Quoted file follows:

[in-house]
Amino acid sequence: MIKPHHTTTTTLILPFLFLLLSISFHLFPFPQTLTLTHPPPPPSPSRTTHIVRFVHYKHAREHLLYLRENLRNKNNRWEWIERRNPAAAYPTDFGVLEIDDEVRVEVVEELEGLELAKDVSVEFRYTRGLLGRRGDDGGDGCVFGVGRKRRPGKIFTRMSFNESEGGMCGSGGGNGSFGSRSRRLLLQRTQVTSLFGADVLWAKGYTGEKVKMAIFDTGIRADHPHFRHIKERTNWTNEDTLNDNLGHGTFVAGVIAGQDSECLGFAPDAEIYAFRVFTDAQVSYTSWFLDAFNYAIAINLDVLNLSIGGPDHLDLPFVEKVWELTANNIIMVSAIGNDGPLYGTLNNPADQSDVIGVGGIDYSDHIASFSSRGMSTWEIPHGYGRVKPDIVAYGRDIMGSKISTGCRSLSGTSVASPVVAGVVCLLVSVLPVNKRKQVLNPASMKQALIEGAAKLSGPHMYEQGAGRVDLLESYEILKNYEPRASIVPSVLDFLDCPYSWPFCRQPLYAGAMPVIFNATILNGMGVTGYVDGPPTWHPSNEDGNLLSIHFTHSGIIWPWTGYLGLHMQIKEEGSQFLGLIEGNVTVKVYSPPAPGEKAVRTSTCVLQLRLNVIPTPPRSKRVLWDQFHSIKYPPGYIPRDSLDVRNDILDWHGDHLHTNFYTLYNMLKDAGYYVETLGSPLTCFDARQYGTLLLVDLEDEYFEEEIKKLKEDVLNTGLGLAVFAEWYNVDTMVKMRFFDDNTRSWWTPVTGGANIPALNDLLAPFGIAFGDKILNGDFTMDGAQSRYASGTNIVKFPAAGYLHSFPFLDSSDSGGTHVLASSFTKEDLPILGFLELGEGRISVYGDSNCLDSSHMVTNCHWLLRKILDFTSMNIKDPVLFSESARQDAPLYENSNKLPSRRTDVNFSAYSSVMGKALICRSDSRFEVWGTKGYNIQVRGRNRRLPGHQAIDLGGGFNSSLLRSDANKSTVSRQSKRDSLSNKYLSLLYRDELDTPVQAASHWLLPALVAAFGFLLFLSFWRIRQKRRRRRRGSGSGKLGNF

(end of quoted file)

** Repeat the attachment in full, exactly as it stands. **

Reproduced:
[in-house]
Amino acid sequence: MIKPHHTTTTTLILPFLFLLLSISFHLFPFPQTLTLTHPPPPPSPSRTTHIVRFVHYKHAREHLLYLRENLRNKNNRWEWIERRNPAAAYPTDFGVLEIDDEVRVEVVEELEGLELAKDVSVEFRYTRGLLGRRGDDGGDGCVFGVGRKRRPGKIFTRMSFNESEGGMCGSGGGNGSFGSRSRRLLLQRTQVTSLFGADVLWAKGYTGEKVKMAIFDTGIRADHPHFRHIKERTNWTNEDTLNDNLGHGTFVAGVIAGQDSECLGFAPDAEIYAFRVFTDAQVSYTSWFLDAFNYAIAINLDVLNLSIGGPDHLDLPFVEKVWELTANNIIMVSAIGNDGPLYGTLNNPADQSDVIGVGGIDYSDHIASFSSRGMSTWEIPHGYGRVKPDIVAYGRDIMGSKISTGCRSLSGTSVASPVVAGVVCLLVSVLPVNKRKQVLNPASMKQALIEGAAKLSGPHMYEQGAGRVDLLESYEILKNYEPRASIVPSVLDFLDCPYSWPFCRQPLYAGAMPVIFNATILNGMGVTGYVDGPPTWHPSNEDGNLLSIHFTHSGIIWPWTGYLGLHMQIKEEGSQFLGLIEGNVTVKVYSPPAPGEKAVRTSTCVLQLRLNVIPTPPRSKRVLWDQFHSIKYPPGYIPRDSLDVRNDILDWHGDHLHTNFYTLYNMLKDAGYYVETLGSPLTCFDARQYGTLLLVDLEDEYFEEEIKKLKEDVLNTGLGLAVFAEWYNVDTMVKMRFFDDNTRSWWTPVTGGANIPALNDLLAPFGIAFGDKILNGDFTMDGAQSRYASGTNIVKFPAAGYLHSFPFLDSSDSGGTHVLASSFTKEDLPILGFLELGEGRISVYGDSNCLDSSHMVTNCHWLLRKILDFTSMNIKDPVLFSESARQDAPLYENSNKLPSRRTDVNFSAYSSVMGKALICRSDSRFEVWGTKGYNIQVRGRNRRLPGHQAIDLGGGFNSSLLRSDANKSTVSRQSKRDSLSNKYLSLLYRDELDTPVQAASHWLLPALVAAFGFLLFLSFWRIRQKRRRRRRGSGSGKLGNF